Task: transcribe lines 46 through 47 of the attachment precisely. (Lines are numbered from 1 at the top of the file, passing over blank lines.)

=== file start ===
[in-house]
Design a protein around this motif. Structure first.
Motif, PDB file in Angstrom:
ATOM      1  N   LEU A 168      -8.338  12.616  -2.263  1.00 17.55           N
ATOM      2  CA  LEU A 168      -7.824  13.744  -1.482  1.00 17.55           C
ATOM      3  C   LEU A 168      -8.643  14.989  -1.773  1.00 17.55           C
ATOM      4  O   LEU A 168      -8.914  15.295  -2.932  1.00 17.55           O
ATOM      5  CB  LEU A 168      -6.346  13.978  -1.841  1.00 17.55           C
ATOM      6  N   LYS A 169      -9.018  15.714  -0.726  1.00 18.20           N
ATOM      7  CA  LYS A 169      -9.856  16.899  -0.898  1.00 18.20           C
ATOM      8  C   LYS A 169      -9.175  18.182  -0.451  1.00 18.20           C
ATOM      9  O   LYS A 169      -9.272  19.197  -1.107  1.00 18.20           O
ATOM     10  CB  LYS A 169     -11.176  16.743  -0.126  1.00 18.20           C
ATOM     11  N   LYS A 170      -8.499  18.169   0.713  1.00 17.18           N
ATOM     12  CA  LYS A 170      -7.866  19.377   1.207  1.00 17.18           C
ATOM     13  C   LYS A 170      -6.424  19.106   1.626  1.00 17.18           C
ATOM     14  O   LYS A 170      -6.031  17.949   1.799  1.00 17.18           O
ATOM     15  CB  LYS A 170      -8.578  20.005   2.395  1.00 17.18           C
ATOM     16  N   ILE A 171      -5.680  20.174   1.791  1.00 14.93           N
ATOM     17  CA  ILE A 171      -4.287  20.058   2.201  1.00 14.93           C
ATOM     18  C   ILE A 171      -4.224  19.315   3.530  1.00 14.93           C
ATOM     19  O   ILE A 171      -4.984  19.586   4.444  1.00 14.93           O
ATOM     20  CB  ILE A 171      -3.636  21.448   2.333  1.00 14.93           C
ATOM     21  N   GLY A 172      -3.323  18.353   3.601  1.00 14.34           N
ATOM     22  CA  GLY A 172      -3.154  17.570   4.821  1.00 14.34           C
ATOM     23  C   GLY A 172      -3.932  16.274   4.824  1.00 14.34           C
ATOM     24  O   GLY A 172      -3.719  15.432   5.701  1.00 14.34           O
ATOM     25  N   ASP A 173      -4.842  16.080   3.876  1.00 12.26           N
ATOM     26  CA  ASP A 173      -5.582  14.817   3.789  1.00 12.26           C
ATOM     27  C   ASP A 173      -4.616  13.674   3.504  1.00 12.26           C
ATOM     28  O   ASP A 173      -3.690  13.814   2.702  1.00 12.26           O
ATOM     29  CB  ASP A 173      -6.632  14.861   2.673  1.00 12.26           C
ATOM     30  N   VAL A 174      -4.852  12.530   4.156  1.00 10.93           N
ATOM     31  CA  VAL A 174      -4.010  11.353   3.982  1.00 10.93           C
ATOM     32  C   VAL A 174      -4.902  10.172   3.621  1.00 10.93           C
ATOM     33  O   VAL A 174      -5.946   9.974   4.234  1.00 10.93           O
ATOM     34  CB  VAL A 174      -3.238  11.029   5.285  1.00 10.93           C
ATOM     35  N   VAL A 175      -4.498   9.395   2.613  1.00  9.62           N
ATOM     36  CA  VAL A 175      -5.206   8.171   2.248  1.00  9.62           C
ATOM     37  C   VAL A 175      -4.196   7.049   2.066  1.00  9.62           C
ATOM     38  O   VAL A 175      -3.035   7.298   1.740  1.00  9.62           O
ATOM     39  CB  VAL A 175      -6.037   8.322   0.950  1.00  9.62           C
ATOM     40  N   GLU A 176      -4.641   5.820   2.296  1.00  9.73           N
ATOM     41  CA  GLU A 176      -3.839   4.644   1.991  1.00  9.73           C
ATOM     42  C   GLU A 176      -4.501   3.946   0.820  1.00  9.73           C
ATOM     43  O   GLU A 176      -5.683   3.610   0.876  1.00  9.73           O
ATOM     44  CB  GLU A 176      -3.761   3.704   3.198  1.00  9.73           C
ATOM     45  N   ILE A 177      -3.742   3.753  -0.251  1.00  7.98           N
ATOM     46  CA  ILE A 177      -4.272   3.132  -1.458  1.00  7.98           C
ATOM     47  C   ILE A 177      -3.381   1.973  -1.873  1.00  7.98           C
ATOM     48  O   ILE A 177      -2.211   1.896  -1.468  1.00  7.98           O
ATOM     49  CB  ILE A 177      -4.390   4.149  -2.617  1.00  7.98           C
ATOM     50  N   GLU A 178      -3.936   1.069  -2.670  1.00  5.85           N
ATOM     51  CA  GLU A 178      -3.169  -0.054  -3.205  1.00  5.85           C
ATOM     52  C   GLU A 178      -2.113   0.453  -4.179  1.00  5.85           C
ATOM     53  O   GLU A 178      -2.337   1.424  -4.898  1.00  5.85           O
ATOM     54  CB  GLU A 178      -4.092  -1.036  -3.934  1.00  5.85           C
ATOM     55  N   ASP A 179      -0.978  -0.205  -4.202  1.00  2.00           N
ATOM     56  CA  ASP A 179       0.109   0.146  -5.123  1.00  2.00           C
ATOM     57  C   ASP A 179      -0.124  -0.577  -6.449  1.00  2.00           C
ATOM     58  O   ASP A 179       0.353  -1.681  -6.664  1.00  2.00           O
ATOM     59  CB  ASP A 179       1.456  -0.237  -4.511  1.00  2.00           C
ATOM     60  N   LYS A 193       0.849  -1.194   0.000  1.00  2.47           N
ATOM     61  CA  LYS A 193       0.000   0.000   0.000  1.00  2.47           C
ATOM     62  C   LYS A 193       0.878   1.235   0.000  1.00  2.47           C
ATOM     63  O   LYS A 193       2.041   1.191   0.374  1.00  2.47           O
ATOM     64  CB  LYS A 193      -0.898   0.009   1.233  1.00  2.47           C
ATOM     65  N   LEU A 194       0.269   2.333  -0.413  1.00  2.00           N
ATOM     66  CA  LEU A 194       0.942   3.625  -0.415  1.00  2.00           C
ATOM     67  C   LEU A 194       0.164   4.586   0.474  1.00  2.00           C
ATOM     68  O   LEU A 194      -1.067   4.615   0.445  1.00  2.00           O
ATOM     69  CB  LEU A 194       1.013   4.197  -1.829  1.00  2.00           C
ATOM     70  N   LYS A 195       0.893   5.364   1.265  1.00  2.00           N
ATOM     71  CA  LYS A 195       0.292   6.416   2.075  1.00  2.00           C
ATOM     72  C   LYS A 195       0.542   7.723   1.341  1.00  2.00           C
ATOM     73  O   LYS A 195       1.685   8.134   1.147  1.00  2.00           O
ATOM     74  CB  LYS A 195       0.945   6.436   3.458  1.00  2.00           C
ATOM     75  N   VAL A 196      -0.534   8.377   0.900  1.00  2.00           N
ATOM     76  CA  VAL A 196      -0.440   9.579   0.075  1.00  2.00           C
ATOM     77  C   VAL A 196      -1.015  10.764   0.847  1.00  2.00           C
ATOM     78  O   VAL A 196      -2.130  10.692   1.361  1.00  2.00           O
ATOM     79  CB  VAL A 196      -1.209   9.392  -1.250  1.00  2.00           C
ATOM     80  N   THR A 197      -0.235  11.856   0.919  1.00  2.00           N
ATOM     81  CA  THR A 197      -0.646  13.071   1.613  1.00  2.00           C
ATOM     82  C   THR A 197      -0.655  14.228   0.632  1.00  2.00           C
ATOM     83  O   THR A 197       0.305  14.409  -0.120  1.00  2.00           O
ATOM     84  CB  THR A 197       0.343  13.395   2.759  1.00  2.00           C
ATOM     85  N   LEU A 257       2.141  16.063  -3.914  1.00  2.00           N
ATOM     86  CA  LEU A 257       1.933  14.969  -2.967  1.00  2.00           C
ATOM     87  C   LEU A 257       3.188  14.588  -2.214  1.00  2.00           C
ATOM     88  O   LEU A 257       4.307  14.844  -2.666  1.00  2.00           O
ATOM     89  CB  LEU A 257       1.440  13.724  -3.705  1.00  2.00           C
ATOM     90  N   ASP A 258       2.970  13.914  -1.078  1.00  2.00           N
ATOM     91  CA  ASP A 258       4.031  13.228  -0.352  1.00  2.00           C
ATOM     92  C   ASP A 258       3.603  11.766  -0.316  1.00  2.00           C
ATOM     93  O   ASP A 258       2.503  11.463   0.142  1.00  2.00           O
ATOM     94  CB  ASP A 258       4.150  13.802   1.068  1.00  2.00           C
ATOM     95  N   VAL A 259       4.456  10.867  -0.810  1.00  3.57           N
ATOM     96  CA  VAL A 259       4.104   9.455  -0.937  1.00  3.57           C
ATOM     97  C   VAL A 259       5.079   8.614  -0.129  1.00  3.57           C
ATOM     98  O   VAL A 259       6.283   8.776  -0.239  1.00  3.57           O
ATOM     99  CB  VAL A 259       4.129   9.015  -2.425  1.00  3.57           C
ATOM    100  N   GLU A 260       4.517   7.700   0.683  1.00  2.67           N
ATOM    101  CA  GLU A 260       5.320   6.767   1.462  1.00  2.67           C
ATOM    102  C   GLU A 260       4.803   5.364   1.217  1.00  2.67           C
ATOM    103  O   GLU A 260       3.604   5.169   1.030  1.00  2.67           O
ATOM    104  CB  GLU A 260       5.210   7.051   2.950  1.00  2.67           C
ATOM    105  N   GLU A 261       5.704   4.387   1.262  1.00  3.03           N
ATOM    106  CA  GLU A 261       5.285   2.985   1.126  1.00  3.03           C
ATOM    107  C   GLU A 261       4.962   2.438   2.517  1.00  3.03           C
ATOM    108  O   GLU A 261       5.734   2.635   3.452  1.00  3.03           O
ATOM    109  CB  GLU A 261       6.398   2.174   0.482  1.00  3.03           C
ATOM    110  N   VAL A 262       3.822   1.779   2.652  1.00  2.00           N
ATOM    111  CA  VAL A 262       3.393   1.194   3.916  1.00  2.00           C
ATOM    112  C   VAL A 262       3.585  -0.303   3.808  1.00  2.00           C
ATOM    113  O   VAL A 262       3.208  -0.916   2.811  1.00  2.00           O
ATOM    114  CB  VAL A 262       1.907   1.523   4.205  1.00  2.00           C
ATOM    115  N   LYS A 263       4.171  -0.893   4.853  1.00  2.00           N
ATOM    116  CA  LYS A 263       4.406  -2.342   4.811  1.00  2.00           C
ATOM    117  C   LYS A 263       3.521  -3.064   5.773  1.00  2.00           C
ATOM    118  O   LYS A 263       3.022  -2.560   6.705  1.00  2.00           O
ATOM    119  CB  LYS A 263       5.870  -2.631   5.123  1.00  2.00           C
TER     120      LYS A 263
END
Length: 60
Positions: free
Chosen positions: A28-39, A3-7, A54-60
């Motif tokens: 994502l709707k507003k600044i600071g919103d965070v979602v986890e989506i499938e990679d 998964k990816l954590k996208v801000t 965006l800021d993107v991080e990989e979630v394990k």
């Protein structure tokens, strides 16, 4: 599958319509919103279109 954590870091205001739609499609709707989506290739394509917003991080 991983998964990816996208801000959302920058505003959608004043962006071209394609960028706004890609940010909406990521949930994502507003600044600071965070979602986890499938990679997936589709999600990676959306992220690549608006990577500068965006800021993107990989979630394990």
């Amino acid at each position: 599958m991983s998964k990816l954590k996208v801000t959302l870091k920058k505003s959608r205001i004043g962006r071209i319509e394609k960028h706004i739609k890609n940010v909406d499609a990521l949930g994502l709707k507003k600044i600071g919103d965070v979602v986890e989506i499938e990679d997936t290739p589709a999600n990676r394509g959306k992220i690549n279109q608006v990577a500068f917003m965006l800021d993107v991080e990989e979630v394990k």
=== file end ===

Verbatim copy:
ATOM     43  O   GLU A 176      -5.683   3.610   0.876  1.00  9.73           O
ATOM     44  CB  GLU A 176      -3.761   3.704   3.198  1.00  9.73           C